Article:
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Sally Entrekin (Lab page)
Aquatic Ecology Lab
University of Central Arkansas
sentrekin@uca.edu                                                                    
phone:501-450-5919 fax: 501-450-5919

2011 Lab members
Entrekin Lab
Top row (left to right): Jordan Johnson, Will Maurer, Josh Bregy, Adam Musto, Chris Fuller
Bottom Row (left to right): Allyn Fuell, Nicki Jensen, Julie Kelso, Mandy Bates, Sally Entrekin
Not pictured: Chelsea Miller, Ali McLeod, and Daniel Sniegowski



Research 

Ecology of streams and wetlands

Most of our research focuses on changes in invertebrate community structure, production, and food web composition following natural or anthropogenic disturbances.  For example, I quantified changes in macroinvertebrate production following the experimental addition of large wood to streams in forested, yet intensively managed, watersheds.  My work generally aims to determine changes in ecosystem processes, such as invertebrate production or decomposition, following changes in landuse. One of our main projects is quantifying biological effects of natural gas development on intermittent streams.  Arkansas has a lot of intermittent and ephemeral streams and wetlands and so much of our research is currently exploring biological consequences of variable hydrology coupled with anthropogenic alterations.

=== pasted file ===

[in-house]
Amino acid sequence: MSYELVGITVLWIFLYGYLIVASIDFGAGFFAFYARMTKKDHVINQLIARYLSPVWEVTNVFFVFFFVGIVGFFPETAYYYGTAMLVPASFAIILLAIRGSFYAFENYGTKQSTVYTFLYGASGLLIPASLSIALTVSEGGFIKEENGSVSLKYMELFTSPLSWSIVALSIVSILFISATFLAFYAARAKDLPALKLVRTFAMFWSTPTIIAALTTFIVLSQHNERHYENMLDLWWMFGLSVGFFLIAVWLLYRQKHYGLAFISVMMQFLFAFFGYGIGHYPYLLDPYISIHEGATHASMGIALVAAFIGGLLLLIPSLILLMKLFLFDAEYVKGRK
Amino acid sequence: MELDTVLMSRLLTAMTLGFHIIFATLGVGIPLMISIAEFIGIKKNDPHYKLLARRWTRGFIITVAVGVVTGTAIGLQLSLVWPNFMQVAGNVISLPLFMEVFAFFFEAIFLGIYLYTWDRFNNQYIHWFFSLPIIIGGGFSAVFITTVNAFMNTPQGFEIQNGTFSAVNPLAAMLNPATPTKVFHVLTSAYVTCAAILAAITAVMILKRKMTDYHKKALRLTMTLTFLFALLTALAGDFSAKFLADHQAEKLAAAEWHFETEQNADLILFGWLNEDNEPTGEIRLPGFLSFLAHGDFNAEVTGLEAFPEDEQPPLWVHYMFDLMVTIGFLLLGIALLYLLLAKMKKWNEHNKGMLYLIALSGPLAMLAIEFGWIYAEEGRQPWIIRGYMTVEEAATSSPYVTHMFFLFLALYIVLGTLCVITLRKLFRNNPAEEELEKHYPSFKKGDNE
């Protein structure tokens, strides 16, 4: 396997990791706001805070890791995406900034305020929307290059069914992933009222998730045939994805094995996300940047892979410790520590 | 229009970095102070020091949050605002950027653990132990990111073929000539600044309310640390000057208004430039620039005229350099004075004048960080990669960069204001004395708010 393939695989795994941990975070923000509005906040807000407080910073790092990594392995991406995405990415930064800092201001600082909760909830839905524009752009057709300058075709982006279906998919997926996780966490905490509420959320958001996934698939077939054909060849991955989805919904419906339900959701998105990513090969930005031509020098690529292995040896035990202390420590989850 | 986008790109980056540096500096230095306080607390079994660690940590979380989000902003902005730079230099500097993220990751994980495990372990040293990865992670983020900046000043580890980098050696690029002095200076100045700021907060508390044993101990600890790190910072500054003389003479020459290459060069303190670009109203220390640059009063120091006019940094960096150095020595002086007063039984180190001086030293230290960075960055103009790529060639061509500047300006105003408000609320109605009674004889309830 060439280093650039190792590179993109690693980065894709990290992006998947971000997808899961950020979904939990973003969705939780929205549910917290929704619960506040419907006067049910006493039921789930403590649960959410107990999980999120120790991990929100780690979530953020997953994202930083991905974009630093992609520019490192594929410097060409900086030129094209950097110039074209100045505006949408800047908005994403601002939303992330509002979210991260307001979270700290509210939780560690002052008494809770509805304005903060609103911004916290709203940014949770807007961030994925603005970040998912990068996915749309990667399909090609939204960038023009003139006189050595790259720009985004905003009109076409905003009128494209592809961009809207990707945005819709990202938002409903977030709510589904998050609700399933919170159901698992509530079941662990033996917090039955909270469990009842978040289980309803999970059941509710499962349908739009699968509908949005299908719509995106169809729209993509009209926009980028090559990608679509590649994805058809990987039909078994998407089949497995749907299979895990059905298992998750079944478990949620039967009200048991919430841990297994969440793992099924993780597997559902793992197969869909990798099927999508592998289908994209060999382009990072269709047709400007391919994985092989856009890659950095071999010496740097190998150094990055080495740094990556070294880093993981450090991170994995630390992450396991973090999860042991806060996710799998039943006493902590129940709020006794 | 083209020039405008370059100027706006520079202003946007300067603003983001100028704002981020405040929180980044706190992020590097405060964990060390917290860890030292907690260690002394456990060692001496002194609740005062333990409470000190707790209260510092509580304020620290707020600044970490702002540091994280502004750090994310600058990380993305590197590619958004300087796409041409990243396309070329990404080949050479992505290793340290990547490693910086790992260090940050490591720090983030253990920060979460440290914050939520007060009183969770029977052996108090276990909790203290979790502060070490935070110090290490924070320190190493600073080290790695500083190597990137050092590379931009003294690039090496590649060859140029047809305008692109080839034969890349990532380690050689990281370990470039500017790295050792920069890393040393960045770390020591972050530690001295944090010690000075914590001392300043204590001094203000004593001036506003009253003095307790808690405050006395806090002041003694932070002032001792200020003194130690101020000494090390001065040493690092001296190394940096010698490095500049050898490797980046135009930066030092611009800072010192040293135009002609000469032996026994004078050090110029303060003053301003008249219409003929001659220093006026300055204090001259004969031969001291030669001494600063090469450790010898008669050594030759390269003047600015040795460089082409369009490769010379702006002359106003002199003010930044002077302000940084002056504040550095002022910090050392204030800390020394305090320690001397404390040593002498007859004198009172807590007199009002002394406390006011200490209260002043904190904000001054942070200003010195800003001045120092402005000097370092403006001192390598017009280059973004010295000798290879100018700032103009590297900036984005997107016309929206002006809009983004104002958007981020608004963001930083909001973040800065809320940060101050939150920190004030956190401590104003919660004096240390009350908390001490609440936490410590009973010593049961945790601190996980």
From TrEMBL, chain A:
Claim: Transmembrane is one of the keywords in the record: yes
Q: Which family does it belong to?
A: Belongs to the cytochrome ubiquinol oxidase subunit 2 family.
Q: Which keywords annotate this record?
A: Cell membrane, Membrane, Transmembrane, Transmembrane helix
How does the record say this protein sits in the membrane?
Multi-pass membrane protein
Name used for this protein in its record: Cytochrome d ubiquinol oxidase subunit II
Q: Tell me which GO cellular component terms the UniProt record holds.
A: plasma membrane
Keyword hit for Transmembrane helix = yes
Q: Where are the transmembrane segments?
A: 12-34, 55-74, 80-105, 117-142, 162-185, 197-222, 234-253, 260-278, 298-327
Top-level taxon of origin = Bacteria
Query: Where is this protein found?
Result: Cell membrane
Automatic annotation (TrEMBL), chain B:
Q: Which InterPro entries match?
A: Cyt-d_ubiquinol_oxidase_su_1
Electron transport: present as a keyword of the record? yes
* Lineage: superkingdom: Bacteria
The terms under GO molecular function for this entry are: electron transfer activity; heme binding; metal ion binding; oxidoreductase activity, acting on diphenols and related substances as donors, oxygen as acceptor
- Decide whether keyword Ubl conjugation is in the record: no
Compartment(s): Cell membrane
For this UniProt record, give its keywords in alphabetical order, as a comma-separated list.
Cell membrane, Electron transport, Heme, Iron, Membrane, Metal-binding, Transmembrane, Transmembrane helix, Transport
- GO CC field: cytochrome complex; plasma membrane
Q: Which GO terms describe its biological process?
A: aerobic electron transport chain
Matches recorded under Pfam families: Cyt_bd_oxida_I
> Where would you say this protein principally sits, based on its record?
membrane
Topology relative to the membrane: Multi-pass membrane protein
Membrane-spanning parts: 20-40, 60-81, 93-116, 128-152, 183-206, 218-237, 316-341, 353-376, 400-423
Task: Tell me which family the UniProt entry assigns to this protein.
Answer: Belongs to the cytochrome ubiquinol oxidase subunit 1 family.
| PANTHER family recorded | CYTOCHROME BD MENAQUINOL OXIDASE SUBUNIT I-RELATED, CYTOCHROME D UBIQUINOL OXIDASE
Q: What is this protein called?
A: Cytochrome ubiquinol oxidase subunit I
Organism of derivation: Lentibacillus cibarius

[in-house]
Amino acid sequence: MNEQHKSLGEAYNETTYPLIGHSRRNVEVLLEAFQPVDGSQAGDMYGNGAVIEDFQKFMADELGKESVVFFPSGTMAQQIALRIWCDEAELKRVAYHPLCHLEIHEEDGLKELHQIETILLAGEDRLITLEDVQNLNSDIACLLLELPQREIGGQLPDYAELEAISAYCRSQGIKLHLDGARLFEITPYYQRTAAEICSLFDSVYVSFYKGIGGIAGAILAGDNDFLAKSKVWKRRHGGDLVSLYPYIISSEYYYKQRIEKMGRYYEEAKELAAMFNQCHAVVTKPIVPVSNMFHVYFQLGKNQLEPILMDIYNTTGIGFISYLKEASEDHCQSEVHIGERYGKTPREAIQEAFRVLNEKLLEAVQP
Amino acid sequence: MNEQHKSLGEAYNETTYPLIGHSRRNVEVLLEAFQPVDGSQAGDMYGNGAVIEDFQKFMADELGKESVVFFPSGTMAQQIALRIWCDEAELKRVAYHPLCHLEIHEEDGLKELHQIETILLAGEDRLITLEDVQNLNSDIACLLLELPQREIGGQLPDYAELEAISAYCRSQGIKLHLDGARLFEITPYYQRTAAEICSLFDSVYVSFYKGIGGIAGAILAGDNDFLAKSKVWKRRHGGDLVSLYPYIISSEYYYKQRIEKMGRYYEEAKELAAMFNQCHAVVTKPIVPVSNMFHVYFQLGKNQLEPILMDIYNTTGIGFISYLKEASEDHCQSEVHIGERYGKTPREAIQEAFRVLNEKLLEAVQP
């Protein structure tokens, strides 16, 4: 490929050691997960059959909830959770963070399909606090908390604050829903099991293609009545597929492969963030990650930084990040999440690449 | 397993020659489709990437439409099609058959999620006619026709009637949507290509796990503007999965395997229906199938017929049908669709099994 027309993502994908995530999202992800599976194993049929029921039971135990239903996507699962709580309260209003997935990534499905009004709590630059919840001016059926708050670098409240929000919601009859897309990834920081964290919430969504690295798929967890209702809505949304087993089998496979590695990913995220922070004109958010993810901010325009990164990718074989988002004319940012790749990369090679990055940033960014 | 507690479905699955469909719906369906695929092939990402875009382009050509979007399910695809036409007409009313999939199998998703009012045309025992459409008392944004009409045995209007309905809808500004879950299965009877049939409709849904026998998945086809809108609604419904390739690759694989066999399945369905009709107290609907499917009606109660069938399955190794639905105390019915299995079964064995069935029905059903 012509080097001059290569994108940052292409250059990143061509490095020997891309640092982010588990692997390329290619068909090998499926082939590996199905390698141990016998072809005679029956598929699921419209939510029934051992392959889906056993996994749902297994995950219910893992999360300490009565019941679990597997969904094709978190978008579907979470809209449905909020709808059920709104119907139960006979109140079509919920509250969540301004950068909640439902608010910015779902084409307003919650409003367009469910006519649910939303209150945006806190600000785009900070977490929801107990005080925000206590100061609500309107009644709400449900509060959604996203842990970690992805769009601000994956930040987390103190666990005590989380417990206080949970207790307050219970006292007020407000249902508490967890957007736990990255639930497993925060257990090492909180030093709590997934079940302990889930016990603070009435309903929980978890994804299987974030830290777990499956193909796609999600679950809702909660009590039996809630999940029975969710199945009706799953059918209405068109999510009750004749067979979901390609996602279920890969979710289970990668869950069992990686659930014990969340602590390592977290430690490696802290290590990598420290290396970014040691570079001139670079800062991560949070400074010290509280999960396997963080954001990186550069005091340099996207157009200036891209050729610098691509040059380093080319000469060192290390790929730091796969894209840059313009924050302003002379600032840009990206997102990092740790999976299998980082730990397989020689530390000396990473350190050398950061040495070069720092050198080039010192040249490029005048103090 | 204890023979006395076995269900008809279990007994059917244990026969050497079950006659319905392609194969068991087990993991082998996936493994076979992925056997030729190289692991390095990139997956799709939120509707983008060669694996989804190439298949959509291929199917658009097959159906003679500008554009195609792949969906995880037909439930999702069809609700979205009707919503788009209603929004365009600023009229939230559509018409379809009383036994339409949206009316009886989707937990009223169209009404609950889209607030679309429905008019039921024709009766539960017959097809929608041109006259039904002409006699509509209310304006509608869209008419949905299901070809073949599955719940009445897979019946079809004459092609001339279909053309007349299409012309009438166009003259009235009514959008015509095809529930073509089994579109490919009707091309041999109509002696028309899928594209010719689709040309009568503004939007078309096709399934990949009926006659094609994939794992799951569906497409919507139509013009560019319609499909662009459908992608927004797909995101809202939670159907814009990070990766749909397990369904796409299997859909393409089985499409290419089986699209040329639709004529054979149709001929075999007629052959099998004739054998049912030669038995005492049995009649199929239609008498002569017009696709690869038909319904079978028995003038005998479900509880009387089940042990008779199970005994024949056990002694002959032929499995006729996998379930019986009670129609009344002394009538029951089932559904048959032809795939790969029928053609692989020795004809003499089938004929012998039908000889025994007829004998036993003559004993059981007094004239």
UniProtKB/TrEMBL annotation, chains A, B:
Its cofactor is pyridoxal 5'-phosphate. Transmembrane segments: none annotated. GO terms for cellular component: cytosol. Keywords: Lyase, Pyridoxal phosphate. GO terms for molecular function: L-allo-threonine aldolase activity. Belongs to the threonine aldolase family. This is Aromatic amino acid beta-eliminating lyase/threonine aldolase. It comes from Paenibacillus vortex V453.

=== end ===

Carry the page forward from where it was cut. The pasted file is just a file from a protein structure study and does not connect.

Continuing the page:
Teaching





Current Projects


         truck         

          rice fields            wetland                      
Graduate students


Allyn Fuell  earned her Bachelor of Science degree in Biology from Lyon College, where she did undergraduate research in the Lindblom lab on the involvement of nhr-8, an orphan nuclear hormone receptor, in xenobiotic metabolism in the soil nematode C. elegansAllyn’s thesis research is part of a multi-agency collaborative effort gathering data to inform the development of a Wetland Management Plan for White Oak Bayou watershed in Pulaski County, Arkansas. Her primary research objective is to quantify the mechanisms driving differences in leaf decomposition rates in the two dominant wetland types in the watershed. She has been involved with hydrogeomorphic (HGM) wetland assessment throughout White Oak Bayou, and is using data gained from these assessments to evaluate the utility of HGM as a predictor of wetland ecosystem function, particularly nutrient cycling. She is also investigating land use effects on leaf decomposition rates in the watershed.